“We’d been talking about how to do — what’s the dance the kids are talking about? The floss,” she recalled. One of her co-workers could do the floss. So Gates turned on Train’s “Hey Soul Sister” to dance to, and set up her phone to record a video. A line of her co-workers, all in their scrubs, did a short dance in a hospital hallway — ending with the one co-worker who could do the floss, flossing.
“It’s a pretty easy app to use. I’m not super-savvy,” she said. Gates posted the video, her second TikTok ever, to her account, and forgot about it. That is, until it started blowing up. “One of my co-workers pulled it up and was like, ‘Oh my gosh, did you see how many views it has now?’ ” Gates said. The video has more than 600,000 likes. She’s still not fully convinced that she went “viral” — that’s not something she ever had in mind to be.
But #CameronFromWalMart, a.k.a. Cameron Campbell, always knew he wanted to be famous. The 24-year-old from an Indiana town learned to dance from watching YouTube videos. He joined Musical.ly in 2015 and would upload short clips of himself dancing — in the yard, in front of the garage, in the living room.
“I got hooked on it, and started making them every single day. I was putting up, like, six a day,” Campbell said in an interview.
His videos would get around 5,000 or so views per video. Little changed for years — although Campbell improved at dancing. And then, Campbell got a job at Walmart this year. In the backroom of the store, and still in his uniform, Campbell did his daily routine of dancing in front of a camera. Those videos, tagged #CameronFromWalMart, took off, getting hundreds of thousands of likes each. Campbell now has a million TikTok followers.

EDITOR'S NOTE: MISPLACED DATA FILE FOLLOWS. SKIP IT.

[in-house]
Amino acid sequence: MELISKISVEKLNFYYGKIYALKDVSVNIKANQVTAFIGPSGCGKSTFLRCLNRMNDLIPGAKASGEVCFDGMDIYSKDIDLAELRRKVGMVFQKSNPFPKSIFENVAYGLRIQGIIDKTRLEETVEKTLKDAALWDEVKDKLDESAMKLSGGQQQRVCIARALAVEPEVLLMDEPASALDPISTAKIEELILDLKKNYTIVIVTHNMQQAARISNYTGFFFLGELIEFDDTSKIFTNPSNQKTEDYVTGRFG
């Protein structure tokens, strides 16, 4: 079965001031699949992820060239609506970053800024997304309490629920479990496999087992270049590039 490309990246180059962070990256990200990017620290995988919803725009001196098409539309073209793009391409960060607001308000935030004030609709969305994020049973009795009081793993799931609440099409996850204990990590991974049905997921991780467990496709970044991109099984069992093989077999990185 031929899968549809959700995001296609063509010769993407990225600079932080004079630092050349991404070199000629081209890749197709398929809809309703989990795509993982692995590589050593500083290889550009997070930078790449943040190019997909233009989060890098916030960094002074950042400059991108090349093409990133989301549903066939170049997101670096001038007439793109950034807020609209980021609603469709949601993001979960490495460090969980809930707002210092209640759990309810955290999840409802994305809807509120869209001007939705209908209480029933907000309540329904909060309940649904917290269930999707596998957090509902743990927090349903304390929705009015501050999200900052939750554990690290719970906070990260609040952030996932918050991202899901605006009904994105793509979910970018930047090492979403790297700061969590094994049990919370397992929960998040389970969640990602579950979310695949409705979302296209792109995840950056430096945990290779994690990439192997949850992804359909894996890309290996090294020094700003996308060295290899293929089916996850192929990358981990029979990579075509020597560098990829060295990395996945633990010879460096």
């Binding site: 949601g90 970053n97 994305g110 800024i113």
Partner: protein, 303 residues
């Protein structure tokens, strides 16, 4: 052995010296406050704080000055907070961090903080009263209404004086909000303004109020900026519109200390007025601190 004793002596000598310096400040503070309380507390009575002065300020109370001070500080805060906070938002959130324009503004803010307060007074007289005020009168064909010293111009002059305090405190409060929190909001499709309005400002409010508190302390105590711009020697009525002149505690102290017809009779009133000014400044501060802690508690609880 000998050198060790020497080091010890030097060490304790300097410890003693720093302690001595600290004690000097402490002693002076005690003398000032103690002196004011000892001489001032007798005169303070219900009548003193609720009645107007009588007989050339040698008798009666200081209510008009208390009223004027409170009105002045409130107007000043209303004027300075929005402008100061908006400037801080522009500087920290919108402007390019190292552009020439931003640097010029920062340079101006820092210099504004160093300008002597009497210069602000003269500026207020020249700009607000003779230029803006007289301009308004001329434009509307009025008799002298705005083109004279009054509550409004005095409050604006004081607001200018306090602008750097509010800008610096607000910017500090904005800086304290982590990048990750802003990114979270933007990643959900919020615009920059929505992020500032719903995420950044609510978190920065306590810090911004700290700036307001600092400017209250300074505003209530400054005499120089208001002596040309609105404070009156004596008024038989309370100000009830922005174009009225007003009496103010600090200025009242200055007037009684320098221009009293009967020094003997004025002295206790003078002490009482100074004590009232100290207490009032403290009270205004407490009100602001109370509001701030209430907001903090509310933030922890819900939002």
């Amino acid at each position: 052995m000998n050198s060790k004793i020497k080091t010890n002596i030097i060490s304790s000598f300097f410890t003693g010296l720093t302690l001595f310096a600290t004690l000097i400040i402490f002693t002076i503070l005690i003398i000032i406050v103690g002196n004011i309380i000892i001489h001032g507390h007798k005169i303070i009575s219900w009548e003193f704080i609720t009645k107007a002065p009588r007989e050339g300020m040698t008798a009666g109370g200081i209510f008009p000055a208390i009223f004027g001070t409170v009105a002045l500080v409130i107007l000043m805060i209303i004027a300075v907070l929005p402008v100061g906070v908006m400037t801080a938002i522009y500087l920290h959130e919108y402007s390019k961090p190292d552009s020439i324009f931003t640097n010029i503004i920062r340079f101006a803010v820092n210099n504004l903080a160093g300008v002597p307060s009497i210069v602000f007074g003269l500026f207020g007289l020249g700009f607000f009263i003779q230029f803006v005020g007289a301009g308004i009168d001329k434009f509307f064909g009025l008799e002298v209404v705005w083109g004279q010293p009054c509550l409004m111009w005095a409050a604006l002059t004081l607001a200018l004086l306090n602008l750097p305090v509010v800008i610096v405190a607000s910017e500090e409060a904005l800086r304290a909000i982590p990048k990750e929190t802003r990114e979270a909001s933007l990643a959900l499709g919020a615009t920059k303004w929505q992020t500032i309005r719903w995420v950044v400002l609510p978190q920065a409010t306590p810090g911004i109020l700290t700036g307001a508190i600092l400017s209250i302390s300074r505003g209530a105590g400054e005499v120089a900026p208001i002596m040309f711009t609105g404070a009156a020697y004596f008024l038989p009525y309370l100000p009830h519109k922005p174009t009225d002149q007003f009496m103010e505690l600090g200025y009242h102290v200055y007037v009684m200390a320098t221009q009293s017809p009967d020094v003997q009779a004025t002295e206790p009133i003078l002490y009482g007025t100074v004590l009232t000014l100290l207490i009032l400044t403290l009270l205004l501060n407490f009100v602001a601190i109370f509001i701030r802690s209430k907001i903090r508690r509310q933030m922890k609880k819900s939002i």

The uniform, Campbell said, helped him stand out — and it pulled him into the world of retail workers who used the app on their breaks. “When they see someone dance the way that I do, it’s like, ‘Oh my god, that’s just a Walmart guy and he’s killing it,’” Campbell said.
Three weeks ago, Campbell quit his job at Walmart. Last week, he auditioned for “America’s Got Talent.”
TikTok is an endless collection of rabbit holes. Users can swipe from video to video endlessly — the app recommends them based on your viewing history. (It will, after two hours, show you a short note encouraging you to take a break.)
As I reported this story, TikTok began showing me more and more videos of firefighters and police officers, or families making videos together in their homes. Then, I fell into adjacent rabbit holes. Swipe: a grandfatherly plumber in coveralls pausing from fixing a pipe to break into an elegant, entertaining dance. Swipe: a woman, speaking close and directly into the camera, telling her followers to “back off” from her personal life. Swipe: a Fortnite meme. Swipe: a man with his eyes closed, lip-syncing to Christian praise music. Swipe: a teenager coming out as gay.
As TikTok has grown, “cringe” edits have started going viral. Some try to expose TikTok’s darker side: sexist reactions to women’s videos, or repetition of racist jokes. But more typical is a “TikTok cringe compilation,” which has more than 2 million views on YouTube and features clips of clumsy dancing and lip-syncing that doesn’t always match up. Presumably, these cringe edits try to make fun of normal people who don’t want to win approval of cool kids online and just want to have fun. They reveal the central TikTok divide: What might be a stale meme to a teen influencer at the edge of viral culture can bring someone else joy.
For Gates, TikTok is the one app that makes her happy. She doesn’t care for Twitter. And Facebook has become an endless stream of posts that make her frustrated or sad. Gates believes TikTok has the unique potential to spread joy.
“I like that [TikTok] gives people a way to express themselves and peek into other people’s lives,” Gates said. Scrolling through her video feed, she said, “I’m not getting angry.”